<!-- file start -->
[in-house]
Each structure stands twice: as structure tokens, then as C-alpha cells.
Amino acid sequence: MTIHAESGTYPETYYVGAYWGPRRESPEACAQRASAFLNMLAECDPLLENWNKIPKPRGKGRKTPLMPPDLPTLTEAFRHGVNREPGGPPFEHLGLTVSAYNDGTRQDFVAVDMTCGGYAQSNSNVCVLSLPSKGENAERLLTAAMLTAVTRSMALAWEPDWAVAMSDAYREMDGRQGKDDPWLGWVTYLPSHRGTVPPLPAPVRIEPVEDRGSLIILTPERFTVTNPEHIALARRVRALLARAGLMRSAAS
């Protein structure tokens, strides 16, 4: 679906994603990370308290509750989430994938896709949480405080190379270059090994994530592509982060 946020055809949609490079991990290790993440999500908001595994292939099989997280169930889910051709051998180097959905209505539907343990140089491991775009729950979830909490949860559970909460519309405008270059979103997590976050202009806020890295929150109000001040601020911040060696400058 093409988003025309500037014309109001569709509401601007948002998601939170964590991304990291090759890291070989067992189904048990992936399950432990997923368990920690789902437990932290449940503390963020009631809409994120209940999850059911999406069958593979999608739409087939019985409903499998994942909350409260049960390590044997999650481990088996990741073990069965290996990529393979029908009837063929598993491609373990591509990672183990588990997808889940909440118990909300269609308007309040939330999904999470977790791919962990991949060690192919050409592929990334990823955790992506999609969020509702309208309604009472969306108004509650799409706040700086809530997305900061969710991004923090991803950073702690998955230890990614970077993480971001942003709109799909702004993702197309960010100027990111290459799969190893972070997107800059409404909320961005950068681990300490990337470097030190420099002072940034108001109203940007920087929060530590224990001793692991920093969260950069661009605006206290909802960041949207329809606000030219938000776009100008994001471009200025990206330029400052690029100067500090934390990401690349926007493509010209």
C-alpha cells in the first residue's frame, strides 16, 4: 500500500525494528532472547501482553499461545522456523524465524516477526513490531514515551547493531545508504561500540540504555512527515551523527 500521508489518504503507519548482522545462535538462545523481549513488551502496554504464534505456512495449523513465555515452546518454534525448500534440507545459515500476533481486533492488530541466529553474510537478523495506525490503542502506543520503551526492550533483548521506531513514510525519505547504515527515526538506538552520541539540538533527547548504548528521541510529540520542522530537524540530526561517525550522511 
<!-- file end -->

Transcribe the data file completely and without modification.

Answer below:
[in-house]
Each structure stands twice: as structure tokens, then as C-alpha cells.
Amino acid sequence: MTIHAESGTYPETYYVGAYWGPRRESPEACAQRASAFLNMLAECDPLLENWNKIPKPRGKGRKTPLMPPDLPTLTEAFRHGVNREPGGPPFEHLGLTVSAYNDGTRQDFVAVDMTCGGYAQSNSNVCVLSLPSKGENAERLLTAAMLTAVTRSMALAWEPDWAVAMSDAYREMDGRQGKDDPWLGWVTYLPSHRGTVPPLPAPVRIEPVEDRGSLIILTPERFTVTNPEHIALARRVRALLARAGLMRSAAS
């Protein structure tokens, strides 16, 4: 679906994603990370308290509750989430994938896709949480405080190379270059090994994530592509982060 946020055809949609490079991990290790993440999500908001595994292939099989997280169930889910051709051998180097959905209505539907343990140089491991775009729950979830909490949860559970909460519309405008270059979103997590976050202009806020890295929150109000001040601020911040060696400058 093409988003025309500037014309109001569709509401601007948002998601939170964590991304990291090759890291070989067992189904048990992936399950432990997923368990920690789902437990932290449940503390963020009631809409994120209940999850059911999406069958593979999608739409087939019985409903499998994942909350409260049960390590044997999650481990088996990741073990069965290996990529393979029908009837063929598993491609373990591509990672183990588990997808889940909440118990909300269609308007309040939330999904999470977790791919962990991949060690192919050409592929990334990823955790992506999609969020509702309208309604009472969306108004509650799409706040700086809530997305900061969710991004923090991803950073702690998955230890990614970077993480971001942003709109799909702004993702197309960010100027990111290459799969190893972070997107800059409404909320961005950068681990300490990337470097030190420099002072940034108001109203940007920087929060530590224990001793692991920093969260950069661009605006206290909802960041949207329809606000030219938000776009100008994001471009200025990206330029400052690029100067500090934390990401690349926007493509010209």
C-alpha cells in the first residue's frame, strides 16, 4: 500500500525494528532472547501482553499461545522456523524465524516477526513490531514515551547493531545508504561500540540504555512527515551523527 500521508489518504503507519548482522545462535538462545523481549513488551502496554504464534505456512495449523513465555515452546518454534525448500534440507545459515500476533481486533492488530541466529553474510537478523495506525490503542502506543520503551526492550533483548521506531513514510525519505547504515527515526538506538552520541539540538533527547548504548528521541510529540520542522530537524540530526561517525550522511 